Textbooks have pictured President Coolidge (1923-29) as an accidental, dim-witted president who said little, and thus, was dubbed "Silent Cal." Actually, he was the most popular political figure in America throughout the 1920s. I have concluded that he should be known as "thinking" Cal Coolidge.
One of Coolidge’s passions was the works of the Founding Fathers. One of his more important speeches was delivered on the 150th anniversary of the Declaration of Independence at Independence Hall on July 5, 1926. The celebration was on July 5 because July 4 was a Sunday, and the nation had a long-standing custom of avoiding public celebrations on Sundays.
Coolidge took this occasion to remind Americans what it was that made the Declaration such a great document. To Coolidge’s mind, the Declaration was "a great spiritual document."
Coolidge asked his audience to look at the Preamble and note the three main ideals the writers of it included, ideals which appeal to the inner spirit of man. And what are the three ideals? These "self-evident truths," the writers said, were that "men are created equal," that they are "endowed by their Creator with certain inalienable Rights," and that the just powers of government must be derived from "the consent of the governed."
Coolidge went on to discuss at length the other, more conventional, sense in which the Declaration was a spiritual document. The Founders naturally saw the substance of the Declaration as arising from the religious life of Americans, a point Coolidge extracted from their speeches and writings. In particular, he noted how many Founders at the time of the Revolution were fond of quoting the Rev. Thomas Hooker’s sermon before the Connecticut General Court in 1638. Said Hooker, "The foundation of authority is laid in the free consent of the people." Further, "The choice of public magistrates belongs unto the people by God’s own allowance." Coolidge also added that early in the 18th century the Reverend John Wise published a number of works which were also often quoted in the Founder’s generation. Hundreds of Election Day sermons also reiterated the spiritual (biblical) basis of rights. Coolidge also quoted Thomas Jefferson, who acknowledged the significance of preachers at the time of the Revolution. These preachers, said Coolidge, reached "the neighborhood of Thomas Jefferson who acknowledged his ‘best ideas of democracy’ had been secured at church meetings." To emphasize that American religious life informed the Founders, Coolidge quoted from George Mason’s Virginia Declaration of Rights, presented to the general assembly on July 27, 1776. Among other things, Mason penned the following, "’Democracy is Christ’s government in church and state.’"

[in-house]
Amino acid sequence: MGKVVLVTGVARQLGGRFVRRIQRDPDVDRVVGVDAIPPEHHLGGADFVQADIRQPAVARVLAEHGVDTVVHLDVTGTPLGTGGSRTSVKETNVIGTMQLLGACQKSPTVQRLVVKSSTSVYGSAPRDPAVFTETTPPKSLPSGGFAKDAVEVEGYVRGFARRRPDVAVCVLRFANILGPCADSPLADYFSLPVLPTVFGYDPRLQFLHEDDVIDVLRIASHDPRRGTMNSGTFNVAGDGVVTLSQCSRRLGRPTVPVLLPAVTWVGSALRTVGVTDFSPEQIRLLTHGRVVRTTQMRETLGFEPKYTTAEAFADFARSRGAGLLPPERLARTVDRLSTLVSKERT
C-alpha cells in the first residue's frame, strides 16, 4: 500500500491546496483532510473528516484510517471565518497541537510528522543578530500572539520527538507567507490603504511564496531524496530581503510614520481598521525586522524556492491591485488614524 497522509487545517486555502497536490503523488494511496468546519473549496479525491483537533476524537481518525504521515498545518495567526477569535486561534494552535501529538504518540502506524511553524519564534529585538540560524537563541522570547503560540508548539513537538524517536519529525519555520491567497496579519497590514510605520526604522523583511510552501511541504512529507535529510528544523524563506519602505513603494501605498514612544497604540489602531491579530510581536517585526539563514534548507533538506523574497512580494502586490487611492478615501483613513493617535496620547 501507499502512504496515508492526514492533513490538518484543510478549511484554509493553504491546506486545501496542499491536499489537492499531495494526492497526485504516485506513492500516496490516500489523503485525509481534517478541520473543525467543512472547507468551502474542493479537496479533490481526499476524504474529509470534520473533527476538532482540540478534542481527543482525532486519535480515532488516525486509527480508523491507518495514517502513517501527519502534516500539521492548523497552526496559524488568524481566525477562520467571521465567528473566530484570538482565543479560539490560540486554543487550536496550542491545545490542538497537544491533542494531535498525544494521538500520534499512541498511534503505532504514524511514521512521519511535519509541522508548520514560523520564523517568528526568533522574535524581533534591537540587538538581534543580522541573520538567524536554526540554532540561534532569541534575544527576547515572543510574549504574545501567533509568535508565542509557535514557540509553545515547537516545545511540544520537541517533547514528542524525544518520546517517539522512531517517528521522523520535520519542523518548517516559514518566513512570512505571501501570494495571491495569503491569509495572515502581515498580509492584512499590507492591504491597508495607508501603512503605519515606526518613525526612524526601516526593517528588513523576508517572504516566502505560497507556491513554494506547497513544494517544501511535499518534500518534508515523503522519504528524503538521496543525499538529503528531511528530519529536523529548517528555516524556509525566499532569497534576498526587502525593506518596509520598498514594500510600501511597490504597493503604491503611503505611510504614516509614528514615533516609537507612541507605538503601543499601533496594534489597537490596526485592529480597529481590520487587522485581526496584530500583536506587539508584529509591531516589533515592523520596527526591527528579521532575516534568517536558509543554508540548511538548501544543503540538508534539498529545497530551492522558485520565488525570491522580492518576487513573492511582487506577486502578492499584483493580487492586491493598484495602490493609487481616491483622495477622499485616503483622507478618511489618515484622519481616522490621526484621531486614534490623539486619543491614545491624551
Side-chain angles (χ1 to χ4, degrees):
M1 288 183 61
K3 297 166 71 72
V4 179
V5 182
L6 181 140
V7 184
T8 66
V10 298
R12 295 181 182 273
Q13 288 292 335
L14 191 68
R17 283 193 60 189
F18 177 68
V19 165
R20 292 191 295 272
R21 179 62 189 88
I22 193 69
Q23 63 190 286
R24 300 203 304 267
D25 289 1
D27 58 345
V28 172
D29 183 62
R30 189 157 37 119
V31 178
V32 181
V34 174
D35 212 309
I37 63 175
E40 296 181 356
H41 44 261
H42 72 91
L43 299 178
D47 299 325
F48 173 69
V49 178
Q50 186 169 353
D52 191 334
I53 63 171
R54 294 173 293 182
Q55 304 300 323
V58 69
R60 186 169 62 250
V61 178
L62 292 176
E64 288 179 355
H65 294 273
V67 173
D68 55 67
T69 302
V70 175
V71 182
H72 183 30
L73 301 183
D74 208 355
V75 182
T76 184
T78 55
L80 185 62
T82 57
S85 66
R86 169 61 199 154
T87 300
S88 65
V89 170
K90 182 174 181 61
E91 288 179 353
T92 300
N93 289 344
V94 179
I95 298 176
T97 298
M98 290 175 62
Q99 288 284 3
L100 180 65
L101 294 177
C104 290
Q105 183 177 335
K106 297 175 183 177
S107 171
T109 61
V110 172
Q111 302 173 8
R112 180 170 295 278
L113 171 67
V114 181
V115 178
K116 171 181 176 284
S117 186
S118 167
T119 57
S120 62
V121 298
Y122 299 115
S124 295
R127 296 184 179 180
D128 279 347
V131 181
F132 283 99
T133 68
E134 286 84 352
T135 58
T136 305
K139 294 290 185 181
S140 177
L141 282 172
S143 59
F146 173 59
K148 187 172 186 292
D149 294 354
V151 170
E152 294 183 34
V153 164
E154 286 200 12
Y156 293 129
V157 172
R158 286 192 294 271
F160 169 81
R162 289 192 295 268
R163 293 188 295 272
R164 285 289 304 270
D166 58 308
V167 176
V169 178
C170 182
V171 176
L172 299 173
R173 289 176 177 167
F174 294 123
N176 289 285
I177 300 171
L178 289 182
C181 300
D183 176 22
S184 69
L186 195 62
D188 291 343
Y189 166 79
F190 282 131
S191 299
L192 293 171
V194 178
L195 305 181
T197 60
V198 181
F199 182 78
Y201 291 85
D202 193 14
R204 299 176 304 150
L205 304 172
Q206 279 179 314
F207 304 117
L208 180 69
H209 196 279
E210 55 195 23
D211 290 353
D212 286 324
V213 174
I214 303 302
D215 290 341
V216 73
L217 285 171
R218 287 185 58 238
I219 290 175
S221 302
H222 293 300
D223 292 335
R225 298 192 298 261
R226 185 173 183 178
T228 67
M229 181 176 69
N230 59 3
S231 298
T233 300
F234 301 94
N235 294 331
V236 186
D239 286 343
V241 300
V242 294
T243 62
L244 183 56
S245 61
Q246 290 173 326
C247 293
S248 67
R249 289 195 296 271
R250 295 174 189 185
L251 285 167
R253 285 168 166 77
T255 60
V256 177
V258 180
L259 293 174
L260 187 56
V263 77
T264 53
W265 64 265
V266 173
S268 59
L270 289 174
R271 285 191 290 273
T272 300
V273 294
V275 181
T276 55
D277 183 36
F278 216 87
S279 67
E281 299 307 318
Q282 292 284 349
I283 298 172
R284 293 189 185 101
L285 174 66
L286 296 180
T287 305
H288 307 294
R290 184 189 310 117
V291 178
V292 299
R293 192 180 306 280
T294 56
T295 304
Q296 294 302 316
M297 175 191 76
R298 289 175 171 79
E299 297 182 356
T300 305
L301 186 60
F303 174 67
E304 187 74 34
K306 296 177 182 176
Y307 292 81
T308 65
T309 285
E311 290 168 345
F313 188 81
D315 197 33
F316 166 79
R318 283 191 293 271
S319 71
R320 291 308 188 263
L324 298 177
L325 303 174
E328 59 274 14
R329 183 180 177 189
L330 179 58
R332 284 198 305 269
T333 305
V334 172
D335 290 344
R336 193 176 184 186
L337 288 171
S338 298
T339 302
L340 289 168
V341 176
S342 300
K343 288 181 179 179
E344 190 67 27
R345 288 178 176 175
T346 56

Coolidge had much to say beyond the fact that the Declaration was rooted in the religious and spiritual lives of Americans: Good historian that he was, Coolidge saw in his time the rise of the notion that the central ideas of the Revolution had their roots in French thought. Coolidge emphatically denied this notion. He did so by referring again to the depth of the Declaration’s spiritual roots. In Coolidge’s words, "These great truths were in the air that our people breathed. Whatever else we may say of it, the Declaration of Independence was profoundly American."
As if speaking to political leaders in the 21st century, Coolidge said, "It is often asserted that the world has made a great deal of progress since 1776, that we have had new thoughts and new experiences … that we may therefore very well discard their (the Founders) conclusions for something more modern." He went on to note that such reasoning cannot be applied to the Declaration because the principles enunciated in it are final and cannot be improved upon. In Coolidge’s words, "If all men are created equal, that is final. If they are endowed with inalienable rights, that is final. If governments derive their just powers from the consent of the governed, that is final. No advance, no progress can be made beyond these propositions."
Coolidge concluded by affirming that the Founders were men "who came under the influence of a great spiritual development and acquired a great moral power." To him, "No other theory is adequate to explain or comprehend the Declaration of Independence. It is the product of the spiritual insight of the people." And finally, "We must not sink into a pagan materialism. We must cultivate the reverence which they had for the things that are holy."
Perhaps there still are a few American citizens who can appreciate the significance of the Declaration of Independence. Perhaps Coolidge’s view may stimulate a deeper appreciation of the spiritual climate in which the Founders worked as they embarked on the Revolution that founded the American nation.
L. John Van Til, Ph.D., is a Fellow for Law & Humanities with The Center for Vision & Values at Grove City College.